Interference Competition Affect Yeast Biofilm Formation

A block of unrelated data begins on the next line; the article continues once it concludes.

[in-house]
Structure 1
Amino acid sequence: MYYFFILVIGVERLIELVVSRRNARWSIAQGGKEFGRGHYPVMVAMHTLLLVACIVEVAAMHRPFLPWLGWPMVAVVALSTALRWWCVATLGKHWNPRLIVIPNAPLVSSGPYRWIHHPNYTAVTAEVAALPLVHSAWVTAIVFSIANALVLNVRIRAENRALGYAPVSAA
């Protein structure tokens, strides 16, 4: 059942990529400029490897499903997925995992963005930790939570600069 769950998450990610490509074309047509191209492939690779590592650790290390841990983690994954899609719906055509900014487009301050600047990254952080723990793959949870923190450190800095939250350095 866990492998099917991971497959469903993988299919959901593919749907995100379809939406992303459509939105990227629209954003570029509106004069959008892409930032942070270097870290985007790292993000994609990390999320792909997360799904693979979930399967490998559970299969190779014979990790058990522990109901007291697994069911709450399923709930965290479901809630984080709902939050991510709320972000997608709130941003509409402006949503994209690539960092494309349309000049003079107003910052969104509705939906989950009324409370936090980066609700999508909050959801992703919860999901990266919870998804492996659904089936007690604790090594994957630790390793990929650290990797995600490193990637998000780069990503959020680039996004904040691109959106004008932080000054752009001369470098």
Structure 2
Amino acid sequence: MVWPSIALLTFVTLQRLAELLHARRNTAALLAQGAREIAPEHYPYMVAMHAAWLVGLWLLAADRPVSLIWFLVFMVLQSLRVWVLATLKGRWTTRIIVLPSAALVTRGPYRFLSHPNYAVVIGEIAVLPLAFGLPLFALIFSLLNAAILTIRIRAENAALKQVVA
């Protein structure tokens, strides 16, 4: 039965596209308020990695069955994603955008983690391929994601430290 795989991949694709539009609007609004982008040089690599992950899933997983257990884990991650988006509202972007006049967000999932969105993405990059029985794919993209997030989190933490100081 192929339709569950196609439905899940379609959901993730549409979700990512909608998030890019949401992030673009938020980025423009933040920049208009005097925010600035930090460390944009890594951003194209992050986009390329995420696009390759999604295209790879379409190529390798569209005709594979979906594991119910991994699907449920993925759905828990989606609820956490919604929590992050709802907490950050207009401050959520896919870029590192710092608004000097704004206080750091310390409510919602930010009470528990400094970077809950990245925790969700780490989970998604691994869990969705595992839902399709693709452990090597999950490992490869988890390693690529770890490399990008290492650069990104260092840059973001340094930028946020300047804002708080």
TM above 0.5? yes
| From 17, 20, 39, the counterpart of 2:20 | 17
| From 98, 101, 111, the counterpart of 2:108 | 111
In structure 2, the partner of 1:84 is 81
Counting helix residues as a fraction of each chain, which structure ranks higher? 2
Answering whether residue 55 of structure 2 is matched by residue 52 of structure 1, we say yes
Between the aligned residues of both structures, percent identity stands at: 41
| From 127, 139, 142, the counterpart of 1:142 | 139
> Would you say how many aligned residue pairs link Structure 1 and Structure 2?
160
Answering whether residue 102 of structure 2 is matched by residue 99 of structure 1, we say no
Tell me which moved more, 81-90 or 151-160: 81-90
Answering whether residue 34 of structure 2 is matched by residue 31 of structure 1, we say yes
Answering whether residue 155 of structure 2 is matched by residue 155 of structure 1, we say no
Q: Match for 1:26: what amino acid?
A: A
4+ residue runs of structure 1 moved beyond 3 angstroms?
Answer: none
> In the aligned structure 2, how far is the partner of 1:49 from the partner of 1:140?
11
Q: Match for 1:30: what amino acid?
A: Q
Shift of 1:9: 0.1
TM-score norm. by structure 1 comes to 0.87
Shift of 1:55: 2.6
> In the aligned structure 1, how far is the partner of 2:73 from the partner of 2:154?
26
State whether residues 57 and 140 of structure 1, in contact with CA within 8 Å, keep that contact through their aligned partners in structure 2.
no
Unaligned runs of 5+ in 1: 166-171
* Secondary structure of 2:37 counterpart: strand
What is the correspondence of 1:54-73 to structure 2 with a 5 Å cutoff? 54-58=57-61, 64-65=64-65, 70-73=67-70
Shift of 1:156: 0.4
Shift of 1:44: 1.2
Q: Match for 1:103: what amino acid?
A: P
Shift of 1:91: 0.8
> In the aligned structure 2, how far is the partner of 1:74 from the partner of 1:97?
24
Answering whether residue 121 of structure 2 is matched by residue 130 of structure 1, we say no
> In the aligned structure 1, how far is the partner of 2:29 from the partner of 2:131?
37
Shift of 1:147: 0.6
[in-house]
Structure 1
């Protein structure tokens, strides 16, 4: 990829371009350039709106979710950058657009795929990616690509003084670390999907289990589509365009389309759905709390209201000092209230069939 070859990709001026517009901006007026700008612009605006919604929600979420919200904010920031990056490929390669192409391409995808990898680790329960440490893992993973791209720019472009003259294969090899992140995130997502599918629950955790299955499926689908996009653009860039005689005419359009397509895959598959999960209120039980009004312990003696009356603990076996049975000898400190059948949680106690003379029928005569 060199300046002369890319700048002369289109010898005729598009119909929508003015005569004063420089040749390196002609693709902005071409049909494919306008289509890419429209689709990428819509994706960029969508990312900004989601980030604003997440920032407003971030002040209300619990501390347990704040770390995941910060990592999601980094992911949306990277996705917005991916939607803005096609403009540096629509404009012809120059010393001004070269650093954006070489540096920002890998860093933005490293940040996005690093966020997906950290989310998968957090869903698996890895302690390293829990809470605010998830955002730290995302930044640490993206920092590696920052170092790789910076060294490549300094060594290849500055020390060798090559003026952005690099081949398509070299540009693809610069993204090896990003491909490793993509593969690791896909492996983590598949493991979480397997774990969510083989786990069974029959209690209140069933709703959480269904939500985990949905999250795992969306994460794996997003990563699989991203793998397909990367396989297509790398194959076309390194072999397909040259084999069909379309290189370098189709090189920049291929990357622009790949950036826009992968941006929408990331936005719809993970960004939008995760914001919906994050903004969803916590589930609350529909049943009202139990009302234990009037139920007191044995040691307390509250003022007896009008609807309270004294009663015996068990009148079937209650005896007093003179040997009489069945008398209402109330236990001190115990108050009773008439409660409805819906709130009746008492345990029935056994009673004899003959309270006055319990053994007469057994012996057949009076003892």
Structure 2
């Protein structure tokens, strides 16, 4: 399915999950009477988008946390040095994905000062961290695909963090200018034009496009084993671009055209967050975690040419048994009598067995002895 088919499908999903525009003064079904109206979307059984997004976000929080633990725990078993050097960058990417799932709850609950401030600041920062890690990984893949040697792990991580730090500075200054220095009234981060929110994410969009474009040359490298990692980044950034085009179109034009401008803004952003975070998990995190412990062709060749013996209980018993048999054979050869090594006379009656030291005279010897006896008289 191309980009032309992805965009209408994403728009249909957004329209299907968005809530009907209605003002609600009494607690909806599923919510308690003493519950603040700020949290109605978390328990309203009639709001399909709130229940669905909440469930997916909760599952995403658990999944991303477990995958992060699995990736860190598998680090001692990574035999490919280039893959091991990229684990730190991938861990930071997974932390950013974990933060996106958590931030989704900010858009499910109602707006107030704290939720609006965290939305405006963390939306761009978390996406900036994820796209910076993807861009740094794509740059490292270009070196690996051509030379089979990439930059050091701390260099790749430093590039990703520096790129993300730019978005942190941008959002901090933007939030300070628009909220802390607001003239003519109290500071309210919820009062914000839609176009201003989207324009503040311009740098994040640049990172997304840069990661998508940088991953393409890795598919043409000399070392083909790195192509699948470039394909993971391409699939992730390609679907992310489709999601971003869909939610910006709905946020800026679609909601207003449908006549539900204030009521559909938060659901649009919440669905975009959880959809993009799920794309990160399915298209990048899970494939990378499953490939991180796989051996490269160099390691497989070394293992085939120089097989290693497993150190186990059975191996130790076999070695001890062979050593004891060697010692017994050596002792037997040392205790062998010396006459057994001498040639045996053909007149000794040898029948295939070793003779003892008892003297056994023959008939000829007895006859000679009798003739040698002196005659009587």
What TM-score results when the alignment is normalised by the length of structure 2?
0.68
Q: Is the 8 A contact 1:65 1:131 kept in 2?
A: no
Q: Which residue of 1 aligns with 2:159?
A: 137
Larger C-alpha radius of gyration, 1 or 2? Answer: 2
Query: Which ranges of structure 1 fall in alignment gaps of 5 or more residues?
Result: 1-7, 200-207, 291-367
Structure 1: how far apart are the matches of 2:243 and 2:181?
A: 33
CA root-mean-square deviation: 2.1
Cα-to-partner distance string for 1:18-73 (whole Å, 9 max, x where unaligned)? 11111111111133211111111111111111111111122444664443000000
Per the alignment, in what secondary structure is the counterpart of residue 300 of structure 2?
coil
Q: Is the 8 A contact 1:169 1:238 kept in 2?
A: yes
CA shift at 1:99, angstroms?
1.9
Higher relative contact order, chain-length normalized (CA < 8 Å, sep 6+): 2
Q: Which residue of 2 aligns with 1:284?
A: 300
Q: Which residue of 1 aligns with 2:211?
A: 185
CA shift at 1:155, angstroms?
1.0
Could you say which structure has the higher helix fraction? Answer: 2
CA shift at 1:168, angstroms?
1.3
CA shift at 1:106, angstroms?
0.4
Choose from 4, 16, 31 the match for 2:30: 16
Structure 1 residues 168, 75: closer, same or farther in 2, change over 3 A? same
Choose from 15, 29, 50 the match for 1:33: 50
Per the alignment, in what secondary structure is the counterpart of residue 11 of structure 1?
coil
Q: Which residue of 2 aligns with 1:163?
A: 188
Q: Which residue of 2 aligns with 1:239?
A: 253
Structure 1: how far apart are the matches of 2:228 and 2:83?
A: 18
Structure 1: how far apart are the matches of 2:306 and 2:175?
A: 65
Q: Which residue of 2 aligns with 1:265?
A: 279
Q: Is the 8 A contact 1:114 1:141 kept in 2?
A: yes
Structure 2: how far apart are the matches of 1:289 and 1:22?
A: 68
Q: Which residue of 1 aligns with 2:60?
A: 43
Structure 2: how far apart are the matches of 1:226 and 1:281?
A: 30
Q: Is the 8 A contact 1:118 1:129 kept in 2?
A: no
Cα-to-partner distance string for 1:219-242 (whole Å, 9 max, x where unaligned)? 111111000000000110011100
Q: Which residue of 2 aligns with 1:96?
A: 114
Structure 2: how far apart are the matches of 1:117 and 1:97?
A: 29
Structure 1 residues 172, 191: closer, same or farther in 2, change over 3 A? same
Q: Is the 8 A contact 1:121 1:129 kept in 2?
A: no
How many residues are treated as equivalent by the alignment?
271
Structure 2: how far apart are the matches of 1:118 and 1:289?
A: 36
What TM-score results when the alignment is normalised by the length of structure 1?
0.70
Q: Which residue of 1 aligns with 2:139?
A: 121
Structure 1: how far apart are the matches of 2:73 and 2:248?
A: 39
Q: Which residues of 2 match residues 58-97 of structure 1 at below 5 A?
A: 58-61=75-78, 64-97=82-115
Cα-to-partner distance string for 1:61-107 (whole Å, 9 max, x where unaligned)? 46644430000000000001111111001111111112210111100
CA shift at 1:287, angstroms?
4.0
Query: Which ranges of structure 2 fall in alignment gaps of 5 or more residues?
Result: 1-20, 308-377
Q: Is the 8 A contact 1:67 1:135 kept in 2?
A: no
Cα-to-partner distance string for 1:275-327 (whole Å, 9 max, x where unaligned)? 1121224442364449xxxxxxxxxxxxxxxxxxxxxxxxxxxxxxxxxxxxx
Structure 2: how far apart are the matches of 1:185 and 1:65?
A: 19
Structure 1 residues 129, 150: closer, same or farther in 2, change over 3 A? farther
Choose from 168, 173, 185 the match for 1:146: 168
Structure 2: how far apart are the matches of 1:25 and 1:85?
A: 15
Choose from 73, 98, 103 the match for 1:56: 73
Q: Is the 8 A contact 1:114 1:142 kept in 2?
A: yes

Biofilms are multicellular structures, cells immobilized at a substratum, aiding in their colonization of hosts, efficient nutrient capture, and expression and enhancement of toxins. Biofilm establishing is important to a successful gut microorganism. We found Candida corydali is a dominant yeast in the gut of four Euploea spp., migratory butterflies. They are nectar feeding insects, which is a good model system for the study of gut’s microbiome, due to the simple eating patterns comparatively. We build an easy biofilm population measuring method, to test how biofilm formation affected by environmental conditions. The aim is to observe the role of killer effect as interference competition on gut’s microbiome and on biofilm formation of sensitive yeasts. We found 21 strains of C. corydali forming biofilm. The optimal biofilm forming temperature of 13 and 8 strains of C. corydali is 16-24°C and 24-32°C, respectively; 6 sensitive yeast species is 16-24°C. Compare with sterilized cell-free culture filtrate control treatment, cell-free culture filtrate of two killer yeast strains decreases to 10% biofilm cell population of two sensitive yeasts in 24 hours. We prove that extracellular killer toxins of C. corydali providing the interference competition ability to inhibit the biofilm formation of sensitive yeast. Our study suggests that C. corydali enters gut from nectar, colonizes, forms biofilm, and produces killer toxins to inhibit the biofilm-forming of other yeast, to be dominant yeast in the gut of nectivorous insects. Interference competition is the key to establish success population in the gut.